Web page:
Puerto Rico's Bankruptcy Is the Next Step in its Slow Dance of Default


Puerto Rico's Bankruptcy Is the Next Step in its Slow Dance of Default

Jul 10, 2017 3 min read

Former Research Fellow, Macroeconomics

Salim was a Research Fellow in Macroeconomics at The Heritage Foundation.
Puerto Rico’s slow dance of default may continue for years as creditors battle the Oversight Board in local and federal courts. iStock

Last Wednesday, the Financial Oversight and Management Board for Puerto Rico, created by Congress last year, formally requested the appointment of a federal judge to oversee bankruptcy proceedings for the indebted U.S. territory. The proceedings are authorized under Title III of the Puerto Rico Oversight, Management and Economic Stability Act of 2016 (PROMESA).

The well-choreographed move fits into the larger sequence of events intended in PROMESA. A 10-month stay on litigation against the government of Puerto Rico expired last Monday, precipitating a rush to the courthouse by creditors. But with initiation of the Title III bankruptcy proceedings, the stay goes back into place, putting the lawsuits on ice for another 120 days.

On Wednesday morning, one of the law’s architects, Antonio Weiss, called for Title III’s immediate use in remarks at the American Enterprise Institute. “The legislative intent,” Weiss argued, “was for there never to be a break in that stay.”

His encouragement was unnecessary. Puerto Rico Gov. Ricardo Rosselló had sent a request to initiate Title III a few minutes before Weiss took the stage. By the end of the day, the Oversight Board had approved and filed the governor’s request.

The 10-month stay improved Puerto Rico’s position at the bargaining table. It froze debt payments, so Puerto Rico could default on $2 billion since PROMESA was signed. The stay also allowed Puerto Rican voters time to choose a new governor to guide them through the process and to preemptively initiate reforms. Finally, the governor and the board agreed on a fiscal plan under cover of the stay.

The governor’s first draft of a fiscal plan called for repaying $1.2 billion of the approximately $3 billion per year owed to creditors. The Oversight Board rejected that plan as too optimistic, and they approved one that budgets $800 million a year in repayments. The plan also calls for a 10 percent cut to pension outlays by 2020.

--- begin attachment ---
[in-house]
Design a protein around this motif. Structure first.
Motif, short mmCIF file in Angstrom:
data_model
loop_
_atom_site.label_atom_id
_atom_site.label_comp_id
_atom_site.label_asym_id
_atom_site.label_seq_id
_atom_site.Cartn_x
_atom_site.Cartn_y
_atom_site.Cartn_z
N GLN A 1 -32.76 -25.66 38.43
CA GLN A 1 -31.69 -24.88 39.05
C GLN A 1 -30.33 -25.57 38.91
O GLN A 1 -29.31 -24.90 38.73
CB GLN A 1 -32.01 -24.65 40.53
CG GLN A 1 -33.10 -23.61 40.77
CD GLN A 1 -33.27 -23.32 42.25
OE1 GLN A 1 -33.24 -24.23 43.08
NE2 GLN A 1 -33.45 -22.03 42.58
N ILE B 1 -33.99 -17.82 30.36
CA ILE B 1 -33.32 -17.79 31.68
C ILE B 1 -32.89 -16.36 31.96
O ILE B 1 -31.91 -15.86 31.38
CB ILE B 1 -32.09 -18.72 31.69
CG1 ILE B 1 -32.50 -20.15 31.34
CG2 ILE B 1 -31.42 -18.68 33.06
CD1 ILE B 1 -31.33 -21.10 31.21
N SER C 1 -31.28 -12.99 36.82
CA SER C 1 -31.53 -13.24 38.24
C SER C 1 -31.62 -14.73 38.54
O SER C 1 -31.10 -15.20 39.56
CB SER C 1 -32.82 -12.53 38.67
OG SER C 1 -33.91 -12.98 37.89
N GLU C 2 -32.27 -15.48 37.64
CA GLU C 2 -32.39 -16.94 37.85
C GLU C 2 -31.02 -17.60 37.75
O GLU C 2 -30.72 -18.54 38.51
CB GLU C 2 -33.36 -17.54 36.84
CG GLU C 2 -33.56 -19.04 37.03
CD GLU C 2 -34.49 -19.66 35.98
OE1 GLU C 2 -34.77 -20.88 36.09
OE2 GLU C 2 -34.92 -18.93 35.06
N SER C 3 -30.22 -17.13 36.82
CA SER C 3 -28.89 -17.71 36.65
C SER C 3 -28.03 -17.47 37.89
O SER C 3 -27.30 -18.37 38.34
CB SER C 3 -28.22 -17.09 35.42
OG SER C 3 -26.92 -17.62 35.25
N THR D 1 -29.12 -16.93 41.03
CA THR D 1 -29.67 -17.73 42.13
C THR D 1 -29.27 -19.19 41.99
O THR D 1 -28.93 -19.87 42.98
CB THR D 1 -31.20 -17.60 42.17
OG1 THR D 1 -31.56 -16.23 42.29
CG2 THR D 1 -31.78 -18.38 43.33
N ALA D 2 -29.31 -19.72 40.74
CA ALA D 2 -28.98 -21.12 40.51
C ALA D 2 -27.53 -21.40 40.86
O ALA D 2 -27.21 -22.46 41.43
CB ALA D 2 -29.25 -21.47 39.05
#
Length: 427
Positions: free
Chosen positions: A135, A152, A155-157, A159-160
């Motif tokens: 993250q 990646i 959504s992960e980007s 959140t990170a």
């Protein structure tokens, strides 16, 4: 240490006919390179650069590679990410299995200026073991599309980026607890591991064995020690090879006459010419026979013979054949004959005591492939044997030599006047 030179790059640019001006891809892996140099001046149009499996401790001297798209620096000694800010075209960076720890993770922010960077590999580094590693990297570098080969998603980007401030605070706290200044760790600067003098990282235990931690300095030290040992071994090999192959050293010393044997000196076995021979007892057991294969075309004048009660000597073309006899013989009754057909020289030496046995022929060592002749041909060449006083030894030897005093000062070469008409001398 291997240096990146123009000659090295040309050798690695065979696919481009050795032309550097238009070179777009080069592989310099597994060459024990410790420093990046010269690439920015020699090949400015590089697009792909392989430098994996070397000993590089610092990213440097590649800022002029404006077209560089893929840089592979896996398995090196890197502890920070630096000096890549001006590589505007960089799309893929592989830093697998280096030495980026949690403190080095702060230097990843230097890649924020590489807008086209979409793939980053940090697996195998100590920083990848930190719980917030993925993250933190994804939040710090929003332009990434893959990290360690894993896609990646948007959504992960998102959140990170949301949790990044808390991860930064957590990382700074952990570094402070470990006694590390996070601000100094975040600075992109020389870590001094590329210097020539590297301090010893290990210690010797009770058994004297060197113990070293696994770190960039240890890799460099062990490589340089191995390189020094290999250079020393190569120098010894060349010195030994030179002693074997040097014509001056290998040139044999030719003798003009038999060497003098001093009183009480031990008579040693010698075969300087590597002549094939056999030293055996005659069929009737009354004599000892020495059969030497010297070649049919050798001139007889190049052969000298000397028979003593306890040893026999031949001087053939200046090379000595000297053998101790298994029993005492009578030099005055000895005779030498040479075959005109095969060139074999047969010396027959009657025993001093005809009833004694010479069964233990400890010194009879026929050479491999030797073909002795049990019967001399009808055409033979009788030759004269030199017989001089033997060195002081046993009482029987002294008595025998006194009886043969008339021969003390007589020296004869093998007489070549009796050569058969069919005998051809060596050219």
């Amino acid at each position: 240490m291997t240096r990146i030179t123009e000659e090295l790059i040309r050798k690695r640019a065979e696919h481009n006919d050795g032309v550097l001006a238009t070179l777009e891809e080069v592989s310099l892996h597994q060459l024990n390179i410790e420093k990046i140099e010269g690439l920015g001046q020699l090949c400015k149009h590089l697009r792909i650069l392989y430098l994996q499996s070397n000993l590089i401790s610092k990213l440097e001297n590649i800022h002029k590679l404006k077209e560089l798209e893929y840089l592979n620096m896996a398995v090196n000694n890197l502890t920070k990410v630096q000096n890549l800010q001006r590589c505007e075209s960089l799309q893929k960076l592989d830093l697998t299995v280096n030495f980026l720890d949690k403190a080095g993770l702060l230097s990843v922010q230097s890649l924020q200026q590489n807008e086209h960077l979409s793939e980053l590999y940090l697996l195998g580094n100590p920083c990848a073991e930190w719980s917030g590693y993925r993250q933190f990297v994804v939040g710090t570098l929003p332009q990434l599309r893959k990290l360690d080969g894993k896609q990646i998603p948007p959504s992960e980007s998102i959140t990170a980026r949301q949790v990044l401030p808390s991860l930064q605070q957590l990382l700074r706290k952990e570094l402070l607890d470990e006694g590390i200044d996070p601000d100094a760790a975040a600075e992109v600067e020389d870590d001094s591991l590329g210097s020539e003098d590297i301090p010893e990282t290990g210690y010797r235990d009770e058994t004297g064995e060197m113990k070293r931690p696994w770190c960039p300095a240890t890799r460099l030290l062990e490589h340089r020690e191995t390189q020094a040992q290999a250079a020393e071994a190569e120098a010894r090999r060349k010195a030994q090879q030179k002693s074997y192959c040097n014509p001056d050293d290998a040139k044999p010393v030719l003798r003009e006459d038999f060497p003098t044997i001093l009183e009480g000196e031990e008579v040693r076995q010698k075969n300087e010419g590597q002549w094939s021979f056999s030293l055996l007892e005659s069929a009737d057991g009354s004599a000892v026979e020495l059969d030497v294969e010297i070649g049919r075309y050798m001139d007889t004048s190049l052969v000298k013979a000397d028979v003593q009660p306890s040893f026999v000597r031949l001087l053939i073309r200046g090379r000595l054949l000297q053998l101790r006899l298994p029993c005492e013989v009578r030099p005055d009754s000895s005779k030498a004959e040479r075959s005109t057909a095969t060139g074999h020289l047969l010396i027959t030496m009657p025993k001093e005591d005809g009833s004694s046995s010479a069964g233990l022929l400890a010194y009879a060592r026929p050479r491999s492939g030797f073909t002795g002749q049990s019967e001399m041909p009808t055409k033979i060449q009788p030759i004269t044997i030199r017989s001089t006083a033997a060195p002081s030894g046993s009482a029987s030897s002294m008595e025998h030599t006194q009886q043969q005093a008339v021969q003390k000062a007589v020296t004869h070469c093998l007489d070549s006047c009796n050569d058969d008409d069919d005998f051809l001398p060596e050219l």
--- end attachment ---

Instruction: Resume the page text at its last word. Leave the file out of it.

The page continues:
PROMESA stipulates that the governor’s fiscal plan will guide bankruptcy proceedings. If Title III survives court challenges brought by bond insurers, then the size of the creditors’ pie is fixed, at least for the next several years, and the judge’s job is to dole out the scraps.

One section of PROMESA remains little used. Title VI provided for mostly-voluntary agreements between creditors and the government. But, as Rachel Greszler and I wrote in 2016, “collective action clauses are little comfort to a creditor facing an oversight board with a ‘fiscal plan’ of its own and the power to enforce it with the normal legal process sidelined.”

Among the creditors, the big winners are those who lent to the Puerto Rico Electric Power Authority (PREPA), the island’s public electric utility. PREPA was the canary in the coal mine, and its creditors organized themselves early and had the structure of a voluntary debt restructuring reached before PROMESA was drafted. Negotiations continued through April, resulting in an agreement (pending Oversight Board approval) that would give creditors 85 cents on the dollar.

The contrast between the PREPA deal — which was largely worked out under existing law prior to PROMESA — and the likely fate of creditors of other public utilities is instructive. Existing law provided tough but fair discipline for publicly owned corporations that did not pay their debts. They could go into receivership or even be privatized. In the case of the electric utility, reform means cutting off freeloading “customers,” stopping paychecks to absentee “workers,” and developing public-private partnerships for power generation.

In the Title III process, however, the other indebted utilities will get to default on more of their debt, and reform will be filtered through the political process. That serves the people of Puerto Rico poorly. Politics has meant patronage for the few and poor service for the many. While PROMESA averted lawsuits, it also averted some badly-needed reforms. As Gov. Rosselló himself said at The Heritage Foundation last week, “If you can find it in the Yellow Pages, you need to ask yourself if the government should be doing it.”

Under PROMESA, the governor will be fighting an uphill battle against entrenched political interests wherever he tries to shrink the bureaucracy or privatize a service that belongs in the Yellow Pages. Without PROMESA, creditors would have forced the issue.

Puerto Rico’s slow dance of default may continue for years as creditors battle the Oversight Board in local and federal courts. Bond markets will watch that fight with interest. Others, however, are already turning to the key player: Gov. Rosselló.

He can give Puerto Rico a chance of success by building on early reforms to labor markets and construction permitting and by delivering on his campaign promise to shrink the government’s 131 agencies down to a svelte 40. Introducing him last week, I said he had “the hardest job in politics.” It is not about to get easier.

This piece originally appeared in The Hill on 5/7/17